Should the Bond Market Expect the Unexpected?
Quick question: What typical bond market catalyst has received scant attention of late? Obviously, it’s not Federal Reserve (Fed) policy, nor is it some of the latest softer-than-expected U.S. economic data, such as retail sales and industrial production. Give up? How about inflation? While the most recent report on the Consumer Price Index (CPI) was not headline-grabbing, I’m going to pose the following question: Should the bond market expect the unexpected?
CPI is the most closely watched inflation measure on a broader basis. Certainly, the overall number will grab the limelight, but the Fed and the fixed income arena gravitate more toward the core rate, or CPI excluding food and energy. I know we all have to eat and heat or air condition our homes, not to mention put gasoline into our cars, but food and energy prices can be volatile and affected by other forces that are not really related to the economy, such as weather. Against this backdrop, the preferred gauge to measure underlying demand pressures is core CPI, which will be the topic of this blog post.
10-Year Breakeven Inflation Rate
For the record, the government agency that produces the CPI report, the Bureau of Labor Statistics, was open for business during last month’s shutdown, so the data-gathering process was essentially business as usual. In January, core CPI rose +0.2%, or +2.2% on an annualized basis. Interestingly, both overall CPI and CPI minus the food and energy component hit their recent peaks in July of last year—+2.9% and +2.4%, respectively—but due to a plunge in gasoline prices, the headline figure has seen its year-over-year reading drop to +1.6%, while the core reading has held up reasonably well, coming in at +2.2% the last three months.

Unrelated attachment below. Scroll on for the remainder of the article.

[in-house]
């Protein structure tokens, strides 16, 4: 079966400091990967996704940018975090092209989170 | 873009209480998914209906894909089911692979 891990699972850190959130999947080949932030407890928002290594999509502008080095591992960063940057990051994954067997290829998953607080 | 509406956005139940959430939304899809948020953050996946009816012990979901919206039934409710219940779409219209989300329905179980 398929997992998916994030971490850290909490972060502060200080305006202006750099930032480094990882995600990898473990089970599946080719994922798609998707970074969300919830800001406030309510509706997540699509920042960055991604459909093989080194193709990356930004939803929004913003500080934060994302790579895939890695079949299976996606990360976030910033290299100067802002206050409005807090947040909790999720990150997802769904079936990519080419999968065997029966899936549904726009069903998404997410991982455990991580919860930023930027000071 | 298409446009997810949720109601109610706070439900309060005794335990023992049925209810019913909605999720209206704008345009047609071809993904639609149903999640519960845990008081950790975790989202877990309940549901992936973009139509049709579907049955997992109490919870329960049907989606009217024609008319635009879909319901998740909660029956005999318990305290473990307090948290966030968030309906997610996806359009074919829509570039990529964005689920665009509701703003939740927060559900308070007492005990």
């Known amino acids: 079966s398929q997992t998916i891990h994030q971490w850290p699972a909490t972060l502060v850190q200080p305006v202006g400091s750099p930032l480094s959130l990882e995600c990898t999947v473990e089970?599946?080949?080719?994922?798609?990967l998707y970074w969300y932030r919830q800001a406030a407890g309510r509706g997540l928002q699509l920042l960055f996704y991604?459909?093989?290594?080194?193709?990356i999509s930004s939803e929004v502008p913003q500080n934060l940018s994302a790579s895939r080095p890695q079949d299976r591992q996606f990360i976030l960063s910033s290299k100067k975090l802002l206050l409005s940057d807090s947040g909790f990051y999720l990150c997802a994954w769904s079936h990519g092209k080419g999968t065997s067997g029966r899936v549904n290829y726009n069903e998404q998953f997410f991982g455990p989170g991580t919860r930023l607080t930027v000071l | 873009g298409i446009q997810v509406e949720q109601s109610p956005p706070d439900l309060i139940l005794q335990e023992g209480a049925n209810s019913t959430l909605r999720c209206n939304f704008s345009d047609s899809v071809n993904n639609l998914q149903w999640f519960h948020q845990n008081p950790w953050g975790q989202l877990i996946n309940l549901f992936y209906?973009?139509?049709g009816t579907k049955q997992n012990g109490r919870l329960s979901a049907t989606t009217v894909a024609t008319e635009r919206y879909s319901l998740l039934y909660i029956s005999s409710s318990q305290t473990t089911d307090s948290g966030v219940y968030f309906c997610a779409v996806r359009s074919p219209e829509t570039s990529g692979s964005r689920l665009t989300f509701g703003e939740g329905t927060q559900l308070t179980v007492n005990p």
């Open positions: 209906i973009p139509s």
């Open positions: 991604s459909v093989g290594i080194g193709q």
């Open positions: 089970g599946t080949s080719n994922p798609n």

What could the future hold? As the accompanying graph highlights, market expectations are not looking for any uptick in inflation pressures. The 10-year breakeven inflation rate measures the difference between the yield on a nominal bond (U.S. Treasury 10-Year note) and an inflation-linked or real yield bond with the same maturity (10-Year Treasury Inflation-Protected Securities, or TIPS). This spread reflects the markets expected inflation rate—a wide spread equates to a market expectation of higher inflation, and vice versa. As you can see, expectations sunk into early this year in response to the risk-off trade and have bounced a bit over the last month, but the level is still well below where it resided in early October.
If core CPI manages to continue registering gains in the area of +0.2% on a monthly basis going forward, the year-over-year reading has the potential to move back up toward the aforementioned peak of +2.4%. In fact, over the last three months, the annualized reading has crept up over the +2.5% threshold. While I’m certainly not going to invoke the “inflation boogeyman,” one has to wonder if the bond market has become too complacent on this front.